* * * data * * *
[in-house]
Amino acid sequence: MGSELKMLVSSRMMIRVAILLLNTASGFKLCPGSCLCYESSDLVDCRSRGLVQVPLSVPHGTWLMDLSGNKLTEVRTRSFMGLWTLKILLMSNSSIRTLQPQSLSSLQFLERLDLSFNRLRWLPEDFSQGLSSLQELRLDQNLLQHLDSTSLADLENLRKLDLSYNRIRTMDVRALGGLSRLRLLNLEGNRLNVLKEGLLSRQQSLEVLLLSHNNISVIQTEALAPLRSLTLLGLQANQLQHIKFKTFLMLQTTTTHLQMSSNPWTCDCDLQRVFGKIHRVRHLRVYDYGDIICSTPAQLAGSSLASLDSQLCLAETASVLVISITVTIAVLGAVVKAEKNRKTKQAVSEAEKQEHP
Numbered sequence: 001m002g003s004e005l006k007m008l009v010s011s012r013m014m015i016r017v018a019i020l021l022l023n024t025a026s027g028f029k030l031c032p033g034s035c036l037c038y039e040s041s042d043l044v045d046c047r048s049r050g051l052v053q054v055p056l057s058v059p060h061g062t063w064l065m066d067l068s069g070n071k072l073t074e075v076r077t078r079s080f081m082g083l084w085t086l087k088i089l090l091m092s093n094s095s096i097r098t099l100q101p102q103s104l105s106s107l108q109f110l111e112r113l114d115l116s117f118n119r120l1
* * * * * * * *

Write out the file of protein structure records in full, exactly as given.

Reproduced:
[in-house]
Amino acid sequence: MGSELKMLVSSRMMIRVAILLLNTASGFKLCPGSCLCYESSDLVDCRSRGLVQVPLSVPHGTWLMDLSGNKLTEVRTRSFMGLWTLKILLMSNSSIRTLQPQSLSSLQFLERLDLSFNRLRWLPEDFSQGLSSLQELRLDQNLLQHLDSTSLADLENLRKLDLSYNRIRTMDVRALGGLSRLRLLNLEGNRLNVLKEGLLSRQQSLEVLLLSHNNISVIQTEALAPLRSLTLLGLQANQLQHIKFKTFLMLQTTTTHLQMSSNPWTCDCDLQRVFGKIHRVRHLRVYDYGDIICSTPAQLAGSSLASLDSQLCLAETASVLVISITVTIAVLGAVVKAEKNRKTKQAVSEAEKQEHP
Numbered sequence: 001m002g003s004e005l006k007m008l009v010s011s012r013m014m015i016r017v018a019i020l021l022l023n024t025a026s027g028f029k030l031c032p033g034s035c036l037c038y039e040s041s042d043l044v045d046c047r048s049r050g051l052v053q054v055p056l057s058v059p060h061g062t063w064l065m066d067l068s069g070n071k072l073t074e075v076r077t078r079s080f081m082g083l084w085t086l087k088i089l090l091m092s093n094s095s096i097r098t099l100q101p102q103s104l105s106s107l108q109f110l111e112r113l114d115l116s117f118n119r120l1